This month we were chosen to receive an award from a locally based magazine, Edible Aspen! We're being called out as "Local Heros" in the Beverage Artisan category. These awards are given out based on votes online, which means that people who live around here and read Edible Aspen really did go online and vote for us. Here's a link to the piece that spells out the award and what it means.
Maybe you've heard of the Edible Communities publications — they're lovely magazines published all over the United States to promote the locavore movement. What's the locavore movement, you ask? It's all about eating food grown, raised, and prepared as close to your home as possible. In fact, here's a little blurb about Edible Aspen magazine that spells out their belief system a bit more: "Edible Aspen is a quarterly magazine that celebrates the abundance of local food in the Roaring Fork Valley and neighboring communities. Started by Lisa Houston in 2007 the magazine helps connect consumers to local food and beverage producers, and to the chefs, restaurants and markets all dedicated to sourcing local food."
It's something we can get behind, and it's great having Edible Aspen around to introduce us to all sorts of local products we didn't know about before. Just last month I went to Whole Foods and spent a surprising amount on a bottle of salad dressing that's made in our state. Now I can't stop talking about because it's so wonderful, and worth the money. (And here it is: the Purple Carrot dressing from Dressed Up Salad Dressing and ohmygosh you must check it out, it's so good.)
I like to think that being crowned a "local hero" in the beverage community will make someone read about our little tea company, spring for a box and become just as addicted to our tea as I am to that salad dressing. But the truth is, being a claimed a "hero" of any kind ... well, that's a lofty word, you know? Marketing coordinator Christy Garfield and I had a chuckle about the fact that we'd be delighted with a "Pretty Darn Good Tea" award, because any sort of declaration that you're a hero pales in the face of people we surround ourselves with who we truly consider Heroes, with a capital H.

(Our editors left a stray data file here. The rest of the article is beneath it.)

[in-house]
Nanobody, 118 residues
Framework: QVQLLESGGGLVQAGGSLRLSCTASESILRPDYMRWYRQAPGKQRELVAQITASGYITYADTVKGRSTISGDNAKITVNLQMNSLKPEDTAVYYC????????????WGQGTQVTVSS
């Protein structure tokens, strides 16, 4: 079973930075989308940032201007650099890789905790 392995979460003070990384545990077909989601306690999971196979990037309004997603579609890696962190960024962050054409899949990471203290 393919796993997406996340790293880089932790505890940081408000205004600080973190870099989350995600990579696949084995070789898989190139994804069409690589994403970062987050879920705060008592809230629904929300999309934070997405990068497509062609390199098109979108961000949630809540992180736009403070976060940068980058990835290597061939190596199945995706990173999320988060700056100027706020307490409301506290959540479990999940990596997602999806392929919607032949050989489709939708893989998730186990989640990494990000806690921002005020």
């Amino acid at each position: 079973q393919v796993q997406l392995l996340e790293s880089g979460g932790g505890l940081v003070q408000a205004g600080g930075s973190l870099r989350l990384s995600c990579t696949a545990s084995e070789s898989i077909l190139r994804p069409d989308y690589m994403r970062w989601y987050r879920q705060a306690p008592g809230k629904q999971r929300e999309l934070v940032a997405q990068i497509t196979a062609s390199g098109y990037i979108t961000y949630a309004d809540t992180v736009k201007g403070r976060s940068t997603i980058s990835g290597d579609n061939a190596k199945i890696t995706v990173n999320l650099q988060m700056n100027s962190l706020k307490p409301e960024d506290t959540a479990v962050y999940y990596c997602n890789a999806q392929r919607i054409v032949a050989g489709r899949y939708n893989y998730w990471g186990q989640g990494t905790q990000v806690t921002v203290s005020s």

There's Chris Klug, an Aspen local and professional alpine snowboarder who is the only person to ever win an Olympic medal after receiving a liver transplant. Our community celebrated with Chris when he won the bronze in the 2002 Winter Olympics in Salt Lake City, and we see him and his family around town frequently. Not only is he a great guy, but he's dedicated to the fact that he lives his life courtesy of a family in Denver who lost their young son in a tragic accident, but chose to donate their son's organs to people who needed them. His Chris Klug Foundation and Donor Dudes spreads the word about organ donation, and saves lives regularly because of that awareness. At its heart, it's about the impact one life can have on so many others.
Amanda Boxtel is a wonderful woman who lives not far from the two leaves tea company™ office; she was paralyzed from the waist down in a freak skiing accident 21 years ago. Amanda hasn't let that slow her down — she helped found Challenge Aspen, a nonprofit that brings mentally and physically challenged people to the mountains for adventurous activities. You should see Amanda fly down the mountains while sitting in her mono-ski, although these days she inspires a word of paraplegic people through her work with Ekso Bionics. We've got a heart-swelling three-minute video of Amanda demonstrating how Ekso has gotten her back on two feet, and you can watch it here. (Seriously, watch it — you'll be glad you did.)
Auden Schendler is another guy we admire and consider a local hero — he first caught attention locally, and then nationally as the Vice President of Sustainability for the Aspen Skiing Company. Auden knew that global warming was going to change the face of the skiing industry, but let's face it — the ski industry is a huge drain on natural resources, between keeping ski lodges warm and draining creeks for snow-making. So if you want to change the world, you start with yourself, right? With his help, the Aspen Skiing Co. became the first ski company with a climate change policy, found efficient snowmaking equipment to save 6 million gallons of water per year and now uses biodiesel fuel in snowcats. Auden, who was named one of Time Magazine's Environmental Innovators in 2006, lives with his family in our neighborhood here in Basalt, Colo.
If we're going to get historic about local heroes, did you know that Aspen as a ski resort was built by some very visionary WWII vets? The 10th Mountain Division training camp at Camp Hale brought adventurous men to the mountains who learned how the could help win the war in the snowy terrain overseas, particularly in some regions in Italy. When the war was over, some of those men came back to Colorado and rediscovered Aspen — an old silver mining town that had boomed in the late 1800s and then busted. These young men brought their families to this dilapidated town and created community, not to mention ski runs we're still shushing down. We feel grateful they looked around our valley and saw such potential, and we're reaping the rewards of their vision.
We're surrounded by heroes, and you probably are too. List some of your local heroes in the comments — we'd love to read about them! (And if you find our tea heroic, well, we're just happy to be giving you pleasant tea times every day. Cheers to that.)
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